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Jeanne Phillips

Reconnection with teacher highlight of reunion plans

DEAR ABBY: I’m a woman in my 50s and will be going to my high school reunion in a few months. I recently reconnected with one of my high school teachers, whom I greatly admired. (OK, I’ll admit I had a schoolgirl crush on him.)
He is 10 years older, and we had a friendly relationship “back in the day” with extracurricular school activities (he was a sponsor) and even some outside socializing (dances and such), though there were no lines crossed as far as impropriety. We were both engaged to other people (who both happened to live a good distance away) at the time, so there was no thought of a romantic relationship.
Fast-forward 40-odd years. We are both single (I’m divorced; he never married). We have been emailing back and forth for a couple of months and making plans to get together at the reunion — maybe before. We have discussed a lot of things, but he never mentions dating or his former fiancée, so I sometimes wonder if he might be gay.
I have two questions: (1) Would it still be crossing a line if we started a romantic relationship because I was once his student? (He’s long retired.) (2) How do you ask a man or find out if he’s gay before you embarrass yourself by trying to start a romance?

DEAR TORN: It would not be crossing a line if you and your former teacher were to start a romantic relationship at this point in your lives. However, before you embark on that campaign, it is important that you understand why he has been single all these years.
A way to do that without embarrassing yourself would be to pay him a compliment by saying, “Why is it that such a great guy like you has never married?” Then listen.

DEAR ABBY: Have you ever heard the saying, “A daughter is a daughter all of her life, but a son is a son ’til he takes a wife?” Our son and his family have never spent a single Christmas Eve or Christmas Day with us during the entire 17 years they have been married. A Thanksgiving with them is very rare.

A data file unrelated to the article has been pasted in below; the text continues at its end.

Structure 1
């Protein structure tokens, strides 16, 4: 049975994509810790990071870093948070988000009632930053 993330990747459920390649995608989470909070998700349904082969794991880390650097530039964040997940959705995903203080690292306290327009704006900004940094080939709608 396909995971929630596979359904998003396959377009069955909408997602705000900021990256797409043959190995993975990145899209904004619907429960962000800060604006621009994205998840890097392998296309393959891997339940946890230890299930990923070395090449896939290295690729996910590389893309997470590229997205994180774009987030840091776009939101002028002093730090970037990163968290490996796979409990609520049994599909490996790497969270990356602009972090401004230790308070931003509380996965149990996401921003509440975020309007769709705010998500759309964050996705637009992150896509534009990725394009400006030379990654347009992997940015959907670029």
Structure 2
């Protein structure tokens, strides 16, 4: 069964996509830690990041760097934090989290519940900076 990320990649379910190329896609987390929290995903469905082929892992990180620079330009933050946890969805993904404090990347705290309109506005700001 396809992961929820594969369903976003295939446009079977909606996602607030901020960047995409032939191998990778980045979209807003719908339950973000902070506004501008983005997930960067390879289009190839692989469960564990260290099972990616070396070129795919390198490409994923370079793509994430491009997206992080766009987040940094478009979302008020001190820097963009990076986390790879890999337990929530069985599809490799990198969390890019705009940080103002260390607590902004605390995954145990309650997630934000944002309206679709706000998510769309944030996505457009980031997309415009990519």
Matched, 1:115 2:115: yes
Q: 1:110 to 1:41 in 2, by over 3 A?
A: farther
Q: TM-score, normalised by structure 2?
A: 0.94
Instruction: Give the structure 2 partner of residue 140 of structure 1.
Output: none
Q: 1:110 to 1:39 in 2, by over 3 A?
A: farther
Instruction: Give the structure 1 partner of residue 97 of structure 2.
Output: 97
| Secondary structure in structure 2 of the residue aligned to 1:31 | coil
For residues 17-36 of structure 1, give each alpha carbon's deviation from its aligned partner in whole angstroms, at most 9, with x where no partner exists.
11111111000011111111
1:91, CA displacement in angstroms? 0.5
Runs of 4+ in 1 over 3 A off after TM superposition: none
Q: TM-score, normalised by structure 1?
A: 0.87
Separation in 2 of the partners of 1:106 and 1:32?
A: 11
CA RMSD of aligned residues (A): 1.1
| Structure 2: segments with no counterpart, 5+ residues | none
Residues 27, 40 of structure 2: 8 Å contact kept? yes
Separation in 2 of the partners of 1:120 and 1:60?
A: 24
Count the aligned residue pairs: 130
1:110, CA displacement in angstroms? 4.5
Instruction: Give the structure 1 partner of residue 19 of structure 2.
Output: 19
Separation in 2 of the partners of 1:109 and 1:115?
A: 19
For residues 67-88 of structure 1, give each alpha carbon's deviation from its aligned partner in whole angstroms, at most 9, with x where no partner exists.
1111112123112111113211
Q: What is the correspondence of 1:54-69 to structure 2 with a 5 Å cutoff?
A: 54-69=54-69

They live an hour away. We and his in-laws live in the same small town, but they spend every holiday at the in-laws’. Their children have no memories of us on the holidays.
When I talked about it with our friends, they said they have the same problem. All of their sons go to their daughter-in-laws’ parents’, too.
With the holidays coming up, I hope you may have something to say about this. When we spoke to our son about it, it just caused bad feelings.

DEAR PROBLEM: My heart goes out to you and other parents who experience this. However, there is nothing I can do to change the behavior of adult children, as regrettable as it may be.
The best advice I can offer is for you — and your friends — to spend the holidays doing things that you enjoy. Take a trip, gather with these friends and celebrate. It would be a lot healthier than sitting around brooding about something none of you can control.
P.S. It’s regrettable that although you live in the same community as the in-laws, you have not been asked to join them for a holiday meal at their table. After all, marriage is supposed to unite families, not divide them.
Good advice for everyone — teens to seniors — is in “The Anger in All of Us and How to Deal With It.” To order, send your name and mailing address, plus check or money order for $7 to: Dear Abby, Anger Booklet, P.O. Box 447, Mount Morris, IL 61054-0447.


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